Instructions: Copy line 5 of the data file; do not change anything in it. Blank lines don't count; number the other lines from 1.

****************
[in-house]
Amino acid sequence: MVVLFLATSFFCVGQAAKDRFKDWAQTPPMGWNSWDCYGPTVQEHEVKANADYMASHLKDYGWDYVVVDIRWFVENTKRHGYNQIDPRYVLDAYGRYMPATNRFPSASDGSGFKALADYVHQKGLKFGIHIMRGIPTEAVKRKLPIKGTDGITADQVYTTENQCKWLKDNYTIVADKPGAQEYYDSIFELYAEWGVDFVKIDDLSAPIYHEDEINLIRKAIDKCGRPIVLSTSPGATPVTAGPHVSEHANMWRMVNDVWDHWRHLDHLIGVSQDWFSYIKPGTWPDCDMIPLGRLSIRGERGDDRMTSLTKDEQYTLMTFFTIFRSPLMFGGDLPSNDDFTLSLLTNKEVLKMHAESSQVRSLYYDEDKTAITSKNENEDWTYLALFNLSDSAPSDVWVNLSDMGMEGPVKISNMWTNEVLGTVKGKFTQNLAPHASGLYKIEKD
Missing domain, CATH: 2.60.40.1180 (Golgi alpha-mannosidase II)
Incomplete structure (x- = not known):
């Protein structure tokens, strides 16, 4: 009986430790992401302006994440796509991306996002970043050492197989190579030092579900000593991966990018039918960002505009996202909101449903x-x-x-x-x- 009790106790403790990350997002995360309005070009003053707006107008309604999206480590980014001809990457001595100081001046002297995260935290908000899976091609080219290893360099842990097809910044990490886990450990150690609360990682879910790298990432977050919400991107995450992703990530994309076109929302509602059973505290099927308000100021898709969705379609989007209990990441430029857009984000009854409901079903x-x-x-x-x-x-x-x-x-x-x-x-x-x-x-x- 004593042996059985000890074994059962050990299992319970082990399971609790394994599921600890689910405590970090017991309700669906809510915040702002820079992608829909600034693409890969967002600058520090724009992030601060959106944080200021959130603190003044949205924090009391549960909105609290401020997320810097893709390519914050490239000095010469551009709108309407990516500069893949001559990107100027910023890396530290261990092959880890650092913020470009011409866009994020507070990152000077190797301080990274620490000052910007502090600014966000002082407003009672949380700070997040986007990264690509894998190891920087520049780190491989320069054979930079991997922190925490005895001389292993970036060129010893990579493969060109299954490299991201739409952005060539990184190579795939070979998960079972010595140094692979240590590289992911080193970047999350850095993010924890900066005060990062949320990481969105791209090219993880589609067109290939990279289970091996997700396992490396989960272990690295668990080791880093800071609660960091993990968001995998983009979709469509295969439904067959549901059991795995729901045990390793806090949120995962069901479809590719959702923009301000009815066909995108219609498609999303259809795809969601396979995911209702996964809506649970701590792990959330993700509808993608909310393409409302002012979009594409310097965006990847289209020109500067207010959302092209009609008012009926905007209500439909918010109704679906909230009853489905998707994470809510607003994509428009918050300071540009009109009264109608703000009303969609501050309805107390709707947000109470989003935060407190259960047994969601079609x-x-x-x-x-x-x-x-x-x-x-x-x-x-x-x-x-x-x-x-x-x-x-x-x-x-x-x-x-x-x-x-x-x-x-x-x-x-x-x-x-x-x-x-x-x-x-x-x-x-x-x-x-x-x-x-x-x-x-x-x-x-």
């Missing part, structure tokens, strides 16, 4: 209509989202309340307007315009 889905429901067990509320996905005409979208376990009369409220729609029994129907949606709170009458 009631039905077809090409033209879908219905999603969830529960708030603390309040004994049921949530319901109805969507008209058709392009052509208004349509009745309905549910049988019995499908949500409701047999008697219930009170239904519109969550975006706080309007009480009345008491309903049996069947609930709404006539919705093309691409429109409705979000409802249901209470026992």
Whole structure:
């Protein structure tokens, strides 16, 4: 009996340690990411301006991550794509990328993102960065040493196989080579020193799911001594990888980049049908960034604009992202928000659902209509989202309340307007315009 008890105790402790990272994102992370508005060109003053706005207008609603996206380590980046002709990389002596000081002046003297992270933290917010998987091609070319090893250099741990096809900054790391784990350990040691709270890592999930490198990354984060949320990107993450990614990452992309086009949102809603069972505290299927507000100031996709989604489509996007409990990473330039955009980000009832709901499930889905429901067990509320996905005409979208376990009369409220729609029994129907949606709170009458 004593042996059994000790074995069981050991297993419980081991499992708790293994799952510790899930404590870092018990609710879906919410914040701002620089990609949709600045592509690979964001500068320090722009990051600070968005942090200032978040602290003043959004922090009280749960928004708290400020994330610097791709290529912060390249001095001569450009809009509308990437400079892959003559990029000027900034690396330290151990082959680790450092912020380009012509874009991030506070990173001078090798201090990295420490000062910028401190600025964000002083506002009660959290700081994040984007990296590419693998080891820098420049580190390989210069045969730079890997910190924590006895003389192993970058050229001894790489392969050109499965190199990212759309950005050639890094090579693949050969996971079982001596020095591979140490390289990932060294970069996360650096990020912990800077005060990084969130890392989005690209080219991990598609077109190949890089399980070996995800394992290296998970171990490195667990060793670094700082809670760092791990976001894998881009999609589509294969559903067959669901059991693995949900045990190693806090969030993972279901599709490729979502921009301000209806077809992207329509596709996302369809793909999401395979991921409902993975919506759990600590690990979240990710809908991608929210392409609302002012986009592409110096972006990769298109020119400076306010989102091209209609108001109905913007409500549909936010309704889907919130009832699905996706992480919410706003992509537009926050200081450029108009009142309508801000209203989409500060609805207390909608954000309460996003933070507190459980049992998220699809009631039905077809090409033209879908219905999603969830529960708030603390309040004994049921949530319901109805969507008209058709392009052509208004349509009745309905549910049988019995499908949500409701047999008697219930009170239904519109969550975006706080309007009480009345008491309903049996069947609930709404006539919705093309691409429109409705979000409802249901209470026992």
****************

């Protein structure tokens, strides 16, 4: 009986430790992401302006994440796509991306996002970043050492197989190579030092579900000593991966990018039918960002505009996202909101449903x-x-x-x-x- 009790106790403790990350997002995360309005070009003053707006107008309604999206480590980014001809990457001595100081001046002297995260935290908000899976091609080219290893360099842990097809910044990490886990450990150690609360990682879910790298990432977050919400991107995450992703990530994309076109929302509602059973505290099927308000100021898709969705379609989007209990990441430029857009984000009854409901079903x-x-x-x-x-x-x-x-x-x-x-x-x-x-x-x- 004593042996059985000890074994059962050990299992319970082990399971609790394994599921600890689910405590970090017991309700669906809510915040702002820079992608829909600034693409890969967002600058520090724009992030601060959106944080200021959130603190003044949205924090009391549960909105609290401020997320810097893709390519914050490239000095010469551009709108309407990516500069893949001559990107100027910023890396530290261990092959880890650092913020470009011409866009994020507070990152000077190797301080990274620490000052910007502090600014966000002082407003009672949380700070997040986007990264690509894998190891920087520049780190491989320069054979930079991997922190925490005895001389292993970036060129010893990579493969060109299954490299991201739409952005060539990184190579795939070979998960079972010595140094692979240590590289992911080193970047999350850095993010924890900066005060990062949320990481969105791209090219993880589609067109290939990279289970091996997700396992490396989960272990690295668990080791880093800071609660960091993990968001995998983009979709469509295969439904067959549901059991795995729901045990390793806090949120995962069901479809590719959702923009301000009815066909995108219609498609999303259809795809969601396979995911209702996964809506649970701590792990959330993700509808993608909310393409409302002012979009594409310097965006990847289209020109500067207010959302092209009609008012009926905007209500439909918010109704679906909230009853489905998707994470809510607003994509428009918050300071540009009109009264109608703000009303969609501050309805107390709707947000109470989003935060407190259960047994969601079609x-x-x-x-x-x-x-x-x-x-x-x-x-x-x-x-x-x-x-x-x-x-x-x-x-x-x-x-x-x-x-x-x-x-x-x-x-x-x-x-x-x-x-x-x-x-x-x-x-x-x-x-x-x-x-x-x-x-x-x-x-x-």